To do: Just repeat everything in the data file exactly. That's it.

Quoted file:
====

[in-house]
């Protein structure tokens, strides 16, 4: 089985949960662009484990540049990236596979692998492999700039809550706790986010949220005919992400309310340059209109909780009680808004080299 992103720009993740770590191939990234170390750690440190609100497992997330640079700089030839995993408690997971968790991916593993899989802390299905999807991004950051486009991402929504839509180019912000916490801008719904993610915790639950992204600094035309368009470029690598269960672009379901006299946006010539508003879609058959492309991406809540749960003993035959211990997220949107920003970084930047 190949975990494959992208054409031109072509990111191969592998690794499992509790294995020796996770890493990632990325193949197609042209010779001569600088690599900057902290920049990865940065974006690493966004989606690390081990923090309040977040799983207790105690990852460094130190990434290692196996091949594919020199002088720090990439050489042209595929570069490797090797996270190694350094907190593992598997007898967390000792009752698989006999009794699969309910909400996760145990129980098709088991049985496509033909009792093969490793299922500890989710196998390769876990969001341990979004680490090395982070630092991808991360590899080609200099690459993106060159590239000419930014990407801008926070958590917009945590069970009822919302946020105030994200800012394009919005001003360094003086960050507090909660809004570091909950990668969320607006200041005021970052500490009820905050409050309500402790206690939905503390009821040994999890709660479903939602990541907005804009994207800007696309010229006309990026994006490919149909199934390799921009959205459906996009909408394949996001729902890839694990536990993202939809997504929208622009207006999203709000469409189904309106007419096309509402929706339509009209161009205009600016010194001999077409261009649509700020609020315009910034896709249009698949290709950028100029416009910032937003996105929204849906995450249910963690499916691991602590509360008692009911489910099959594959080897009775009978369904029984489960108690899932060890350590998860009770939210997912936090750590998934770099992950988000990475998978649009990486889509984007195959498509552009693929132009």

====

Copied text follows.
[in-house]
């Protein structure tokens, strides 16, 4: 089985949960662009484990540049990236596979692998492999700039809550706790986010949220005919992400309310340059209109909780009680808004080299 992103720009993740770590191939990234170390750690440190609100497992997330640079700089030839995993408690997971968790991916593993899989802390299905999807991004950051486009991402929504839509180019912000916490801008719904993610915790639950992204600094035309368009470029690598269960672009379901006299946006010539508003879609058959492309991406809540749960003993035959211990997220949107920003970084930047 190949975990494959992208054409031109072509990111191969592998690794499992509790294995020796996770890493990632990325193949197609042209010779001569600088690599900057902290920049990865940065974006690493966004989606690390081990923090309040977040799983207790105690990852460094130190990434290692196996091949594919020199002088720090990439050489042209595929570069490797090797996270190694350094907190593992598997007898967390000792009752698989006999009794699969309910909400996760145990129980098709088991049985496509033909009792093969490793299922500890989710196998390769876990969001341990979004680490090395982070630092991808991360590899080609200099690459993106060159590239000419930014990407801008926070958590917009945590069970009822919302946020105030994200800012394009919005001003360094003086960050507090909660809004570091909950990668969320607006200041005021970052500490009820905050409050309500402790206690939905503390009821040994999890709660479903939602990541907005804009994207800007696309010229006309990026994006490919149909199934390799921009959205459906996009909408394949996001729902890839694990536990993202939809997504929208622009207006999203709000469409189904309106007419096309509402929706339509009209161009205009600016010194001999077409261009649509700020609020315009910034896709249009698949290709950028100029416009910032937003996105929204849906995450249910963690499916691991602590509360008692009911489910099959594959080897009775009978369904029984489960108690899932060890350590998860009770939210997912936090750590998934770099992950988000990475998978649009990486889509984007195959498509552009693929132009």